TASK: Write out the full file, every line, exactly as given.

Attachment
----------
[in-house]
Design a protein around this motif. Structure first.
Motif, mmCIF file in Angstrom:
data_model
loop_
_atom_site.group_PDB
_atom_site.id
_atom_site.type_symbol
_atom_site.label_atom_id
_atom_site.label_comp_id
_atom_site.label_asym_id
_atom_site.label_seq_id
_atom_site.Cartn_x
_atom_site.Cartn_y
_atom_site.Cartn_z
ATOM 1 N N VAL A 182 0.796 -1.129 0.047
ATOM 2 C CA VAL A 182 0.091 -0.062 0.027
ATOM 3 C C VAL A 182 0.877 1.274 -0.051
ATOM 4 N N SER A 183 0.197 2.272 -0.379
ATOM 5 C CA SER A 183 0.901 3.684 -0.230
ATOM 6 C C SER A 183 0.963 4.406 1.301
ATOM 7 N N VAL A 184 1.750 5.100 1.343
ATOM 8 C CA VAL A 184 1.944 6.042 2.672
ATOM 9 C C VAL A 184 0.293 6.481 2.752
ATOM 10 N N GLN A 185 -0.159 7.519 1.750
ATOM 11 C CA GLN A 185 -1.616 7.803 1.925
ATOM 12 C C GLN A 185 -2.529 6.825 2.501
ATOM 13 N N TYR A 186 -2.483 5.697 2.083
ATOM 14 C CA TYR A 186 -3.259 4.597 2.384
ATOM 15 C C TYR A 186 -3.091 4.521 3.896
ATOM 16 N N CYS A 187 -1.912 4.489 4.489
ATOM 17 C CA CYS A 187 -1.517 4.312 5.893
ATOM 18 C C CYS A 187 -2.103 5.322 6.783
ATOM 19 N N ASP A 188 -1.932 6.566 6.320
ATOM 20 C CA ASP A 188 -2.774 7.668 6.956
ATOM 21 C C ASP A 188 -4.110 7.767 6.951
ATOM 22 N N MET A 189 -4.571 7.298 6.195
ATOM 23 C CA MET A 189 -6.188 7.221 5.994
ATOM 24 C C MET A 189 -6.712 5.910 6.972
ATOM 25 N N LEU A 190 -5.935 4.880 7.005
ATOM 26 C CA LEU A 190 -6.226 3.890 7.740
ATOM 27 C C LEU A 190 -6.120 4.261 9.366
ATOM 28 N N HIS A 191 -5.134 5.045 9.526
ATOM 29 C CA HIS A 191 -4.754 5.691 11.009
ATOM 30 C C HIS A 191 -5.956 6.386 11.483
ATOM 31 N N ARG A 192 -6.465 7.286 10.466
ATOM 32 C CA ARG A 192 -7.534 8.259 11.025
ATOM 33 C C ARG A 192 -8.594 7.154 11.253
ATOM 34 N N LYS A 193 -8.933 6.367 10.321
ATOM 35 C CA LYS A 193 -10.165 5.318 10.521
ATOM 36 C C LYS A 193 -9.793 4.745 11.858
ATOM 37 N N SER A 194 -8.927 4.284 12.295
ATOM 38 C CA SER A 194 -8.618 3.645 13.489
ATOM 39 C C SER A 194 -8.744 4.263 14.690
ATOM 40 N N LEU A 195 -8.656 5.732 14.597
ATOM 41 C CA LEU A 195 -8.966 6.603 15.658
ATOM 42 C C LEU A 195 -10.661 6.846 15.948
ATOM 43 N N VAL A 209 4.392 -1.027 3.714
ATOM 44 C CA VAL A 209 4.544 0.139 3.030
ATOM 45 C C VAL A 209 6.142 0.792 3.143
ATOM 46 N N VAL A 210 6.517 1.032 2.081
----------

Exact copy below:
[in-house]
Design a protein around this motif. Structure first.
Motif, mmCIF file in Angstrom:
data_model
loop_
_atom_site.group_PDB
_atom_site.id
_atom_site.type_symbol
_atom_site.label_atom_id
_atom_site.label_comp_id
_atom_site.label_asym_id
_atom_site.label_seq_id
_atom_site.Cartn_x
_atom_site.Cartn_y
_atom_site.Cartn_z
ATOM 1 N N VAL A 182 0.796 -1.129 0.047
ATOM 2 C CA VAL A 182 0.091 -0.062 0.027
ATOM 3 C C VAL A 182 0.877 1.274 -0.051
ATOM 4 N N SER A 183 0.197 2.272 -0.379
ATOM 5 C CA SER A 183 0.901 3.684 -0.230
ATOM 6 C C SER A 183 0.963 4.406 1.301
ATOM 7 N N VAL A 184 1.750 5.100 1.343
ATOM 8 C CA VAL A 184 1.944 6.042 2.672
ATOM 9 C C VAL A 184 0.293 6.481 2.752
ATOM 10 N N GLN A 185 -0.159 7.519 1.750
ATOM 11 C CA GLN A 185 -1.616 7.803 1.925
ATOM 12 C C GLN A 185 -2.529 6.825 2.501
ATOM 13 N N TYR A 186 -2.483 5.697 2.083
ATOM 14 C CA TYR A 186 -3.259 4.597 2.384
ATOM 15 C C TYR A 186 -3.091 4.521 3.896
ATOM 16 N N CYS A 187 -1.912 4.489 4.489
ATOM 17 C CA CYS A 187 -1.517 4.312 5.893
ATOM 18 C C CYS A 187 -2.103 5.322 6.783
ATOM 19 N N ASP A 188 -1.932 6.566 6.320
ATOM 20 C CA ASP A 188 -2.774 7.668 6.956
ATOM 21 C C ASP A 188 -4.110 7.767 6.951
ATOM 22 N N MET A 189 -4.571 7.298 6.195
ATOM 23 C CA MET A 189 -6.188 7.221 5.994
ATOM 24 C C MET A 189 -6.712 5.910 6.972
ATOM 25 N N LEU A 190 -5.935 4.880 7.005
ATOM 26 C CA LEU A 190 -6.226 3.890 7.740
ATOM 27 C C LEU A 190 -6.120 4.261 9.366
ATOM 28 N N HIS A 191 -5.134 5.045 9.526
ATOM 29 C CA HIS A 191 -4.754 5.691 11.009
ATOM 30 C C HIS A 191 -5.956 6.386 11.483
ATOM 31 N N ARG A 192 -6.465 7.286 10.466
ATOM 32 C CA ARG A 192 -7.534 8.259 11.025
ATOM 33 C C ARG A 192 -8.594 7.154 11.253
ATOM 34 N N LYS A 193 -8.933 6.367 10.321
ATOM 35 C CA LYS A 193 -10.165 5.318 10.521
ATOM 36 C C LYS A 193 -9.793 4.745 11.858
ATOM 37 N N SER A 194 -8.927 4.284 12.295
ATOM 38 C CA SER A 194 -8.618 3.645 13.489
ATOM 39 C C SER A 194 -8.744 4.263 14.690
ATOM 40 N N LEU A 195 -8.656 5.732 14.597
ATOM 41 C CA LEU A 195 -8.966 6.603 15.658
ATOM 42 C C LEU A 195 -10.661 6.846 15.948
ATOM 43 N N VAL A 209 4.392 -1.027 3.714
ATOM 44 C CA VAL A 209 4.544 0.139 3.030
ATOM 45 C C VAL A 209 6.142 0.792 3.143
ATOM 46 N N VAL A 210 6.517 1.032 2.081